Portable Plasmonic Biosensor for Virus Detection in Resource-Poor Settings

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Avcı M. B., Koçer Z. A., Topkaya S. N., Yazıcı Z. A., Çetin A. E.

Ulusal Optik, Elektro-Optik ve Fotonik Çalıştayı, Ankara, Turkey, 09 September 2022, pp.21

  • Publication Type: Conference Paper / Summary Text
  • City: Ankara
  • Country: Turkey
  • Page Numbers: pp.21
  • Dokuz Eylül University Affiliated: Yes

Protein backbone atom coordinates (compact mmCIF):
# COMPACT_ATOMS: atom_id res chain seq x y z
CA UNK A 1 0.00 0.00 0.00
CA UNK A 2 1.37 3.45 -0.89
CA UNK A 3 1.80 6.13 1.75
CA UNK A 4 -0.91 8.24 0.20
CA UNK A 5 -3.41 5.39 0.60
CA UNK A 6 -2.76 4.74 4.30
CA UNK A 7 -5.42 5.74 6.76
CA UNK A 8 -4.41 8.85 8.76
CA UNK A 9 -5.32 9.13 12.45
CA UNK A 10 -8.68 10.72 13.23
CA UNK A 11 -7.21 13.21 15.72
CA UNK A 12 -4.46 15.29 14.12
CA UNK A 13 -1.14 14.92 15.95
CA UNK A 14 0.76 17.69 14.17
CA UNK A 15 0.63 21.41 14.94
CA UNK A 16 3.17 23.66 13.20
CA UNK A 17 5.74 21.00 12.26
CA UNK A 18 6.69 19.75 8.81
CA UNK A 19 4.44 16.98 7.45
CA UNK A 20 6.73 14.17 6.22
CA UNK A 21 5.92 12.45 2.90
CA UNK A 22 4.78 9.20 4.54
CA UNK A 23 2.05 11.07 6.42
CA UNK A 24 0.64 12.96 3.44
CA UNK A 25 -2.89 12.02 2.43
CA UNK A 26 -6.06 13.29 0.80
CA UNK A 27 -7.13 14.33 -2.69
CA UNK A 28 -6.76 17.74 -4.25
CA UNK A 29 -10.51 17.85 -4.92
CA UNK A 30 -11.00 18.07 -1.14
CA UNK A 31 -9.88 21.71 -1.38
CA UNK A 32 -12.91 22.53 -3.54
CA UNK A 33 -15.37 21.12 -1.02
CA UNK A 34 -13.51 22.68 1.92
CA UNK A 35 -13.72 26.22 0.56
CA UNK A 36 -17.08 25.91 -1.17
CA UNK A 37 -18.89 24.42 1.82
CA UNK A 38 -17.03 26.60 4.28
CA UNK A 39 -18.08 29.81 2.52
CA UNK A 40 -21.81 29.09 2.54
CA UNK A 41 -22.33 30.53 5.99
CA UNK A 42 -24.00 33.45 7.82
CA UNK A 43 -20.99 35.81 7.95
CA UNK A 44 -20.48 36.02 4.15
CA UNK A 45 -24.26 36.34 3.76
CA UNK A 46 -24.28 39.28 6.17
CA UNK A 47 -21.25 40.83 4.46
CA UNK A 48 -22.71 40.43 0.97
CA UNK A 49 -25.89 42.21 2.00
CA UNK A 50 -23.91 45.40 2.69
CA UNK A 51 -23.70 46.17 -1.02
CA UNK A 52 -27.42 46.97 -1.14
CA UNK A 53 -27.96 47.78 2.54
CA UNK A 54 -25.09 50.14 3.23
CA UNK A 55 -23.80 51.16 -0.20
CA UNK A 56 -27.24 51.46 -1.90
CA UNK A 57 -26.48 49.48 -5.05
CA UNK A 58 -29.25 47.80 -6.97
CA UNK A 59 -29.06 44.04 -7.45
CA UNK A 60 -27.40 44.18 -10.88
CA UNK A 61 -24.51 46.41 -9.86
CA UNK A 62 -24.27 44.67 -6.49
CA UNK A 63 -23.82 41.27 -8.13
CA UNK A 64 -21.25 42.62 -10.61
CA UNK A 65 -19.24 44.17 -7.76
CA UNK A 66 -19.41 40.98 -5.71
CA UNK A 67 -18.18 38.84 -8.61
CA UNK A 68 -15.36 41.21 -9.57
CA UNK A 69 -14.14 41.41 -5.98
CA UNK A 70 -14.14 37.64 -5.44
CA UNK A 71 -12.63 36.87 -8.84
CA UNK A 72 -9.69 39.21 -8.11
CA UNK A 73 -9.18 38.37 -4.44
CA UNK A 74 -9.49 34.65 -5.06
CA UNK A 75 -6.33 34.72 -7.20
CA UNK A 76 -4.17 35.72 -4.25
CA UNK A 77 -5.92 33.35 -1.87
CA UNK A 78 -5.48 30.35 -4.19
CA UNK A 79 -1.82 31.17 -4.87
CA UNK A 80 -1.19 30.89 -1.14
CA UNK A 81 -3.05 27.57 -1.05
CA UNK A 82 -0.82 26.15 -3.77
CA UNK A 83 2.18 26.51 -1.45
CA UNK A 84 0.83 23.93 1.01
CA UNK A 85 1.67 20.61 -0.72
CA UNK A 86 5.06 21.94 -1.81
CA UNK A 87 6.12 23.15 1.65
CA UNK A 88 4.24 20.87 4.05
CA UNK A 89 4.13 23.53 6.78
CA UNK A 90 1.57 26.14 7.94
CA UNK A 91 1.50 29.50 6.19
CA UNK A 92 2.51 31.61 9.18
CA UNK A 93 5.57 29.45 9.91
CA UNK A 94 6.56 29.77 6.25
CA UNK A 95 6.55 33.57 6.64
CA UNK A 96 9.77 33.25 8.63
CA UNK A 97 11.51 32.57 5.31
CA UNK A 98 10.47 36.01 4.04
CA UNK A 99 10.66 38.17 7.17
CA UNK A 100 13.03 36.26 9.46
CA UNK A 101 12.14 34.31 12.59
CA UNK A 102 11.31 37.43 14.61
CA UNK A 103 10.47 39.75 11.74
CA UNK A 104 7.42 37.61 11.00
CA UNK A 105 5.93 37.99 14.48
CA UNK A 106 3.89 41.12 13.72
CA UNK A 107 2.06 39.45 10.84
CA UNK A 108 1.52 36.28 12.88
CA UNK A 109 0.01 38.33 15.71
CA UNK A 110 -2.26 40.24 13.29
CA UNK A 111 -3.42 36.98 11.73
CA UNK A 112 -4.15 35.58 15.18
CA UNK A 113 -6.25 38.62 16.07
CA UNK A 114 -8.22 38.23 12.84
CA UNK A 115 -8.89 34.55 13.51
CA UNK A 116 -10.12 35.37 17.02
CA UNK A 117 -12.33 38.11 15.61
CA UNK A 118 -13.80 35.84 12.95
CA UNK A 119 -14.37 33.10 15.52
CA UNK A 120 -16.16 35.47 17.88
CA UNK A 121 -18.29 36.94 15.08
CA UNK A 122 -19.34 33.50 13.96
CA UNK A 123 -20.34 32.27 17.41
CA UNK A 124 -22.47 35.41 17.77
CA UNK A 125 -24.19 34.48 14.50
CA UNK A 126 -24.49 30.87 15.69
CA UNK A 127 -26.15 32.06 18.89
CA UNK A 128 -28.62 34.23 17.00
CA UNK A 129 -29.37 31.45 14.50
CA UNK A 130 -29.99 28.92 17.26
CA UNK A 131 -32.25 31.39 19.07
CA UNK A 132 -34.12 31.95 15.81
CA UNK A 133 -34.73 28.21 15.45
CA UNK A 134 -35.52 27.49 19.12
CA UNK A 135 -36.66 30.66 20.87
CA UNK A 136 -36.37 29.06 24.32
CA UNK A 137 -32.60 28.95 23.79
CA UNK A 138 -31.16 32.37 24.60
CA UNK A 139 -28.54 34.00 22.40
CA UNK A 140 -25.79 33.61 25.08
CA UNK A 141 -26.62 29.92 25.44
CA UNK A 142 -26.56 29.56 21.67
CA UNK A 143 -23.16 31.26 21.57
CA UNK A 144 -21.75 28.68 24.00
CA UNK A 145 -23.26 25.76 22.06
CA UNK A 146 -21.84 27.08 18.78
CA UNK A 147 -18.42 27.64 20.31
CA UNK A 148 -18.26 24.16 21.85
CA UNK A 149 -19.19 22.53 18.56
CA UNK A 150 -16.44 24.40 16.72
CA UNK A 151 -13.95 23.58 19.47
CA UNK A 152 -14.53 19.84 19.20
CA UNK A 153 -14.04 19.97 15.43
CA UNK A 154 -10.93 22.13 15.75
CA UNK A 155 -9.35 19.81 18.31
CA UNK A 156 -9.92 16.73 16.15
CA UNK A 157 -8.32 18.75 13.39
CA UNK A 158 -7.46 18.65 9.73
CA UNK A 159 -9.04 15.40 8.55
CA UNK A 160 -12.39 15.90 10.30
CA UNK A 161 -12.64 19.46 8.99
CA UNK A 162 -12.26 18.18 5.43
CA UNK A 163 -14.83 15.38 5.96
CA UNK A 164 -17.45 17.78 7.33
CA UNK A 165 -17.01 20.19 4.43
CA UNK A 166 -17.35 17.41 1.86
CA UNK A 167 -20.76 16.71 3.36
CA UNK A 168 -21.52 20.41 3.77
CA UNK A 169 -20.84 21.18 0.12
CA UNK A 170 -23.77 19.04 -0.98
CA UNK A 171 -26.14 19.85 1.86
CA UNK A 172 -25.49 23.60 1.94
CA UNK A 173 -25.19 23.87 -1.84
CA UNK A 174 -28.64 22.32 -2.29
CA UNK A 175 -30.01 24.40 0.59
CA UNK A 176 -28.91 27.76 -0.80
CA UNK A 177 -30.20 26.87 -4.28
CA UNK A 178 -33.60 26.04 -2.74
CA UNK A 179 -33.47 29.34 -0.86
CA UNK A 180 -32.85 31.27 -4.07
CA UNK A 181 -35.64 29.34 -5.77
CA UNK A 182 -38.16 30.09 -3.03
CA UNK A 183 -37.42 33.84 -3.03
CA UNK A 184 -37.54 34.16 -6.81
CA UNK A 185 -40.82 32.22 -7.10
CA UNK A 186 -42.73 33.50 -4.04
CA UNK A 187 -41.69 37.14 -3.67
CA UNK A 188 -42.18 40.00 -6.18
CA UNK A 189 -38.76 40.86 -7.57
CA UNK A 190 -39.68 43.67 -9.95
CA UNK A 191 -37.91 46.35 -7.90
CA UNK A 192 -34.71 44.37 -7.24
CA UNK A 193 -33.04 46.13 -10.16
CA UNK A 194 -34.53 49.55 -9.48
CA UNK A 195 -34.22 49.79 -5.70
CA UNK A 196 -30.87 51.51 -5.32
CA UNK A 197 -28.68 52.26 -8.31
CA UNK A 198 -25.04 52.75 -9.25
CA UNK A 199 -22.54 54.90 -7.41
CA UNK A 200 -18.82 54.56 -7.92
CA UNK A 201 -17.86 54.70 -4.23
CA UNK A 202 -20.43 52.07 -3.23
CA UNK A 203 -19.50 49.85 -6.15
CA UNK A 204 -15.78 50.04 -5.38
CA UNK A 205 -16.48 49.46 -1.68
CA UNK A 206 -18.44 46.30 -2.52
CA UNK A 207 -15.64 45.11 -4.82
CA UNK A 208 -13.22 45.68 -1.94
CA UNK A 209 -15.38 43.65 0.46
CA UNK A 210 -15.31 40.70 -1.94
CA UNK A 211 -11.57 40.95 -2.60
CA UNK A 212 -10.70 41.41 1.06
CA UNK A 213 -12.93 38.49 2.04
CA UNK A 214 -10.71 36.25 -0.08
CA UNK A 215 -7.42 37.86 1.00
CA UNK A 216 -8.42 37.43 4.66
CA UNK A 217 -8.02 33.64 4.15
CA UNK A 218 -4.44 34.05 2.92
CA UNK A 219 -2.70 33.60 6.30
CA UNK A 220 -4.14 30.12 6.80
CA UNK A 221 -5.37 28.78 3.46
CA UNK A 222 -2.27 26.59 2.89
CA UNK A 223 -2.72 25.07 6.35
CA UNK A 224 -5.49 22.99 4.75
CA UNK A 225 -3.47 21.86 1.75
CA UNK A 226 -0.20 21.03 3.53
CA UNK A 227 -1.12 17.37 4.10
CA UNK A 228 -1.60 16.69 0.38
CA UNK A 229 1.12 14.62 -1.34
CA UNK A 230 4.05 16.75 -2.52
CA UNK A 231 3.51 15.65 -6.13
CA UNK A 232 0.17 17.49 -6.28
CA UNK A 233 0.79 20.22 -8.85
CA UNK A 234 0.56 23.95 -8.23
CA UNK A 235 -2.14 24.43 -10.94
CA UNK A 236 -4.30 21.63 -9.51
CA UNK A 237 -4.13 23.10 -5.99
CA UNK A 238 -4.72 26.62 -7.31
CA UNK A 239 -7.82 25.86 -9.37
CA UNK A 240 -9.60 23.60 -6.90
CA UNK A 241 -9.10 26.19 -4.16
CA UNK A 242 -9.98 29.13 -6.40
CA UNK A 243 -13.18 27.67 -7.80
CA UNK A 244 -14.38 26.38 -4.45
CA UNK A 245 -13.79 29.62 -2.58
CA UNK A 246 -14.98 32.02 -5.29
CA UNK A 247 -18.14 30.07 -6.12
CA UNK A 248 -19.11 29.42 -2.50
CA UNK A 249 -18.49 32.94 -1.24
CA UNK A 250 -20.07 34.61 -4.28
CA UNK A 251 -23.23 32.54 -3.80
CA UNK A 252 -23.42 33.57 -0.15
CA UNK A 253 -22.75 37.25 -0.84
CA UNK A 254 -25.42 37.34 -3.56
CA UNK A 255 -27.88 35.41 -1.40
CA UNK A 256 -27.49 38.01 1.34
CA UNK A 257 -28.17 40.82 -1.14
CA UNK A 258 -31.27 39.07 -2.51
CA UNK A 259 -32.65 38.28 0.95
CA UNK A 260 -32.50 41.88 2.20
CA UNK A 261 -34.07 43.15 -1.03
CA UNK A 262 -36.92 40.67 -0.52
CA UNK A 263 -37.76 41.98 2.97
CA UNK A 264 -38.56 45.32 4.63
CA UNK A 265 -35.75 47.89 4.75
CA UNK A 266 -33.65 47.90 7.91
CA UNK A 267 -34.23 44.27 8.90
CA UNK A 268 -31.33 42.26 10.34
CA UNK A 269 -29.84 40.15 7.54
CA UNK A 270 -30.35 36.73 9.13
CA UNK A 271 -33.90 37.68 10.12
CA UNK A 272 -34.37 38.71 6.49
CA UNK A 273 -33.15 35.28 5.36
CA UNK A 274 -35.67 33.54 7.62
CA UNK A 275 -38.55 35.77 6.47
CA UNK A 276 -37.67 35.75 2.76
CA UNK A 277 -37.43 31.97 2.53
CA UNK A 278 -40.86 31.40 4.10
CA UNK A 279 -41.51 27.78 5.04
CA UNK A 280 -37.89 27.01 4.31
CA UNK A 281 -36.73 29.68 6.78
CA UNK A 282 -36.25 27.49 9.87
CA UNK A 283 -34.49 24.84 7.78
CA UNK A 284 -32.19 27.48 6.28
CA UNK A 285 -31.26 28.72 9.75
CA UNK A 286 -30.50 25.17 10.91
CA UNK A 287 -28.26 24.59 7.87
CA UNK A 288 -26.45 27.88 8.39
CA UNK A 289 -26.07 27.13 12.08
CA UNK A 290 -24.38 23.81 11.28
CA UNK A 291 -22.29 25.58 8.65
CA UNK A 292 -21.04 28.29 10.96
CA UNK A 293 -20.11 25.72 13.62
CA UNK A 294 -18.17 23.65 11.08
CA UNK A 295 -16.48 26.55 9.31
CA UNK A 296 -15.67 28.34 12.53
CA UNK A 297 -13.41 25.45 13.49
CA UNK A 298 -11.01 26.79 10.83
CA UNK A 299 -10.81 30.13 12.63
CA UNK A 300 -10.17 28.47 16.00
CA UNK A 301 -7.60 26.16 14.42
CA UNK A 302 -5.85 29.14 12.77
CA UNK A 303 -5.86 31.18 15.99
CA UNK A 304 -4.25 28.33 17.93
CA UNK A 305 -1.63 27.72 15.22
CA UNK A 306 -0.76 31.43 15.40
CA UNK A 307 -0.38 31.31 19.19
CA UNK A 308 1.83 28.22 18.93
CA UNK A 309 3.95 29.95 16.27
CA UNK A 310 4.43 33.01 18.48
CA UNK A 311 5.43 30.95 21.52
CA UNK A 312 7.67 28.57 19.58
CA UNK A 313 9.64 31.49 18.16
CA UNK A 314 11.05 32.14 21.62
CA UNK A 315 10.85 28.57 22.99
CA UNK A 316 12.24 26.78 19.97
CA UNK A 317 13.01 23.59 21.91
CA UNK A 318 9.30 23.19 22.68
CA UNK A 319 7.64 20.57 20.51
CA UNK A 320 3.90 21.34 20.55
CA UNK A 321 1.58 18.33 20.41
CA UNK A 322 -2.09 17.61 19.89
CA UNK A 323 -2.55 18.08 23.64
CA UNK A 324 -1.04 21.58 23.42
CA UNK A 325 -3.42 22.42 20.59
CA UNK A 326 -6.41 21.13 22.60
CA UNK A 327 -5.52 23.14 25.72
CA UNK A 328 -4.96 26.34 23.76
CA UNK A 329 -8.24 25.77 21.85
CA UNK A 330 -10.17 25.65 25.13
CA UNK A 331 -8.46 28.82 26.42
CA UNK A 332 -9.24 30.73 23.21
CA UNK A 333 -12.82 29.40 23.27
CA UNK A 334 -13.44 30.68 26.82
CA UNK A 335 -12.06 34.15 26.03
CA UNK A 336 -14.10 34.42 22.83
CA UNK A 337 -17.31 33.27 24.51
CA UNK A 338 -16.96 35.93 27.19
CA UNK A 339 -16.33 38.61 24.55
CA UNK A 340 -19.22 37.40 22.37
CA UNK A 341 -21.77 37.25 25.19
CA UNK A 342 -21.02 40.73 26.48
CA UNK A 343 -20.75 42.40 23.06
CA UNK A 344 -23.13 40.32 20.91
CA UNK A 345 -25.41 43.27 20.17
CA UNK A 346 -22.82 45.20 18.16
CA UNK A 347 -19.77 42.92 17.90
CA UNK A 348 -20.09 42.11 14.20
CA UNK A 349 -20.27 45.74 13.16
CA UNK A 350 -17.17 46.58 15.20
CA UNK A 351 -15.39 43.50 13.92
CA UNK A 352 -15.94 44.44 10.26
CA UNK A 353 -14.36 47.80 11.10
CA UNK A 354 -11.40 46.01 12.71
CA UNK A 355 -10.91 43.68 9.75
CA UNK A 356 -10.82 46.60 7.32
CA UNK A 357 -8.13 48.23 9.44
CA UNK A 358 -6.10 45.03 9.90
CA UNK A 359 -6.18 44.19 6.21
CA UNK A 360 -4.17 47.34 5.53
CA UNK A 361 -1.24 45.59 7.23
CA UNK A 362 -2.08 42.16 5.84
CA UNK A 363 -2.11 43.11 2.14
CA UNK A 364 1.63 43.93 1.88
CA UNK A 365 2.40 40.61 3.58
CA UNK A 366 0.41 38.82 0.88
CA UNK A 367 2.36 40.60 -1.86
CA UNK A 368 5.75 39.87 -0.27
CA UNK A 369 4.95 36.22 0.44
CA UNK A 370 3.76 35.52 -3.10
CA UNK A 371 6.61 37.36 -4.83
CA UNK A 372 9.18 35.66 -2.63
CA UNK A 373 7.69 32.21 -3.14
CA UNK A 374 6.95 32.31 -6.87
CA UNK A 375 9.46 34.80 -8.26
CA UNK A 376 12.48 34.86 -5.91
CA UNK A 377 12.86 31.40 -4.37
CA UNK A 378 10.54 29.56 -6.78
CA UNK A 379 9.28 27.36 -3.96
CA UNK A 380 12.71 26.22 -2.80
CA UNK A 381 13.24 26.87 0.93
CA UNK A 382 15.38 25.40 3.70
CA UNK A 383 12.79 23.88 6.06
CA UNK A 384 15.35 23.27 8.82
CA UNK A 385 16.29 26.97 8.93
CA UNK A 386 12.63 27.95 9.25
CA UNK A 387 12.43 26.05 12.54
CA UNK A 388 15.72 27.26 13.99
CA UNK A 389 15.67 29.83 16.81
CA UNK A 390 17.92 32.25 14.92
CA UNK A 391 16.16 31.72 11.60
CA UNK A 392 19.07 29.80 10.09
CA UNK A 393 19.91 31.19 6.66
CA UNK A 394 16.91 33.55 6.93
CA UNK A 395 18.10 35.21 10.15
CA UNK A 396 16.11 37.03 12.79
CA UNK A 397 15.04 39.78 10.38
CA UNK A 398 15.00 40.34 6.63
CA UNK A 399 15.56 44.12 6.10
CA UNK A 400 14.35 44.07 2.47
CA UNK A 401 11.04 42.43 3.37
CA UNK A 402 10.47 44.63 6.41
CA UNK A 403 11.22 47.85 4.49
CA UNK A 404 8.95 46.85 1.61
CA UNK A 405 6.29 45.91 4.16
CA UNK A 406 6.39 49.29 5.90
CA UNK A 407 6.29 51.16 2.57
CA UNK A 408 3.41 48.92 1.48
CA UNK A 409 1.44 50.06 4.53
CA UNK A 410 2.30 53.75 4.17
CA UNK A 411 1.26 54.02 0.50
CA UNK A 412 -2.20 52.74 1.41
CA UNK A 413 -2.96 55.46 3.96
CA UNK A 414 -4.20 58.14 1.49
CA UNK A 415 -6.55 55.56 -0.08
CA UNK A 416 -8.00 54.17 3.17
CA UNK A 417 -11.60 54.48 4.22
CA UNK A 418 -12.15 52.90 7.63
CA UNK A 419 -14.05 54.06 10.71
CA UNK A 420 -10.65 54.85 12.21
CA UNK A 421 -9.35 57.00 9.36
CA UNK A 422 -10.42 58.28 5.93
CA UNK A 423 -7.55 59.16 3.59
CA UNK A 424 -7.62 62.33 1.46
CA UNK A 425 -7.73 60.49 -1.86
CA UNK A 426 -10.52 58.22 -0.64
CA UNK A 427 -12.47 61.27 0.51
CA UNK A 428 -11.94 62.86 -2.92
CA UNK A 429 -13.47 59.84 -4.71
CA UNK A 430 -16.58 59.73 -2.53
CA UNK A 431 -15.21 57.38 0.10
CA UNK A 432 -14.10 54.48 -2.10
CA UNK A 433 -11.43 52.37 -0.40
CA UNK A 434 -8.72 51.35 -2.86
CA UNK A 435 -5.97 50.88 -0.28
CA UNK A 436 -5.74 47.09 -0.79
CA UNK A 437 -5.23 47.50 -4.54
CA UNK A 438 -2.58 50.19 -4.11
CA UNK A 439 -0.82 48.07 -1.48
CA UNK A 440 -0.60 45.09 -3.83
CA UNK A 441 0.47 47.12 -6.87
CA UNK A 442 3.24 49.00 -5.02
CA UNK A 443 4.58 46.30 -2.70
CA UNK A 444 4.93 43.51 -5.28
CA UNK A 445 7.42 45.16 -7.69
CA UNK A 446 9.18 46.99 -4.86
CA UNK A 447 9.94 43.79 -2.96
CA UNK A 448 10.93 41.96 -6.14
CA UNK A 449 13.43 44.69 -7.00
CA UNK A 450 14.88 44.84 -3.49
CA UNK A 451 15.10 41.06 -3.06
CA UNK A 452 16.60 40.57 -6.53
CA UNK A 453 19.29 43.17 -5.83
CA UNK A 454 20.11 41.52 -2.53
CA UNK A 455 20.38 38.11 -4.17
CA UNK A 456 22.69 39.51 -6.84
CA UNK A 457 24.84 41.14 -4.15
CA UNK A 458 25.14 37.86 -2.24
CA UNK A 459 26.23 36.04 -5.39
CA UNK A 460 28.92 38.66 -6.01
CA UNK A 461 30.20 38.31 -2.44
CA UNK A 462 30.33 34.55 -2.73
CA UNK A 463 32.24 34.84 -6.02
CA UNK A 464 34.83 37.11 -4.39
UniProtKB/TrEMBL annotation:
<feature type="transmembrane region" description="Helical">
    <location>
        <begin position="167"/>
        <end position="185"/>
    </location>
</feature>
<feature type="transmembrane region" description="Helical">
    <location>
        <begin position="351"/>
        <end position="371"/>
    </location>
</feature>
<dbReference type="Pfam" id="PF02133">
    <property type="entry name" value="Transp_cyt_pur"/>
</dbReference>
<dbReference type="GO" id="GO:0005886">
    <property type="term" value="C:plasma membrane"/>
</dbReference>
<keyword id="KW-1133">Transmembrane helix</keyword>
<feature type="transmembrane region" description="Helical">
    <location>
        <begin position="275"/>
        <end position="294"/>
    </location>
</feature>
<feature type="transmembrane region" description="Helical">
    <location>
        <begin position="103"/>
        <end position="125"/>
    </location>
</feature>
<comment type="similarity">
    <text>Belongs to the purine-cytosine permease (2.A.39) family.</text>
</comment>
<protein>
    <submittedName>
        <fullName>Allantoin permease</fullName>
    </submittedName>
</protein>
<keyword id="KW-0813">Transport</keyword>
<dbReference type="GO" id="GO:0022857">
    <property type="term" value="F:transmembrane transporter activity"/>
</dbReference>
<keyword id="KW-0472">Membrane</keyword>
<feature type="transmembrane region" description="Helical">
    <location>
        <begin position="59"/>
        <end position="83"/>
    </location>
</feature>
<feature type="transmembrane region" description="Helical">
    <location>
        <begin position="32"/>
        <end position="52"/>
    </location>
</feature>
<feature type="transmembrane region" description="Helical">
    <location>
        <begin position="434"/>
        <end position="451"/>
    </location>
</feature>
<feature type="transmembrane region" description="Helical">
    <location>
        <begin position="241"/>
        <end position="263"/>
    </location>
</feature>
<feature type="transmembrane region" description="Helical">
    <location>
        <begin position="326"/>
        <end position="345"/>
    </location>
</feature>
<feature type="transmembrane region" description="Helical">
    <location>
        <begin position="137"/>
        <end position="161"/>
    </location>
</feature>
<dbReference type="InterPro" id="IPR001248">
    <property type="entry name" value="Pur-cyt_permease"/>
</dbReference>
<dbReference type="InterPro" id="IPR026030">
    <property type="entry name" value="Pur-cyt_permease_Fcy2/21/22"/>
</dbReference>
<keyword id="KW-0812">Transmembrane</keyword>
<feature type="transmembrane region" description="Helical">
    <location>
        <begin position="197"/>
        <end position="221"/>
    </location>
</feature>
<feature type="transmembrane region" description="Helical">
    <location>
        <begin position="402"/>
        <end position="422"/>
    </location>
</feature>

Early detection and diagnosis of infectious diseases caused by viruses is crucial for public and global health. Due to their high sensitivity, current technologies such as enzyme-linked immunosorbent assays (ELISA), polymerase chain reactions (PCR) and cell cultures are employed to diagnose viral infections. However, these technologies require long and expensive experiment processes, bulky instrumentations and laboratory professionals. Hence, their application in point- of-care diagnostics for viral diseases is not feasible especially for underdeveloped countries where there is an absence of medical infrastructure and healthcare professionals. Therefore, the development of highly sensitive, user-friendly, field-deployable point-of-care devices with strong specificity for rapid and accurate diagnosis of viral diseases in resource-poor settings is crucial in order to prevent pandemics related to virus-borne diseases. In this study, a lightweight and field- portable biosensor that employs a plasmonic chip based on nanohole arrays integrated to a lens free-imaging framework for label-free detection of viruses in field-settings is introduced. In order to monitor diffraction field patterns of nanohole arrays under the uniform illumination of an LED (light-emitting diode) source which is spectrally tuned to the plasmonic mode supported by the nanohole arrays, a CMOS (complementary metal–oxide–semiconductor) camera with high quantum efficiency in the spectral window of interest is utilized. We could successfully demonstrate the label-free detection of H1N1 viruses, such as swine flu, with medically relevant concentrations to demonstrate the applicability of our biosensor for virus detection. Additionally, to prepare the surface of the plasmonic chip for analyte binding, such as virus-antibody binding, we developed an affordable, easy-to-use sample preparation kit. We also developed a user-friendly PythonTM – based graphical user interface (GUI) that gives end users direct access to the biosensor hardware, allows them to capture and process diffraction field images, and provides virus information. Our platform could yield a LOD as low as 103 TCID50/mL by employing highly sensitive nanohole arrays and a lens free-imaging framework. Our biosensor could be a very strong candidate for diagnostic applications in resource-poor settings since it provides accurate and rapid sensing information in a handheld platform that is only 70 g and 12 cm tall, without the need for bulky and expensive instrumentation. Since the basis of our detection method is usage of antibodies, it could be quickly adapted by simply coating the plasmonic chip surface with an antibody possessing affinity to the virus type of interest to detect different viral diseases such as COVID-19 or influenza. Therefore, our biosensor may be an important asset to prevent the spread of diseases before turning into a pandemic by isolating patients from the population.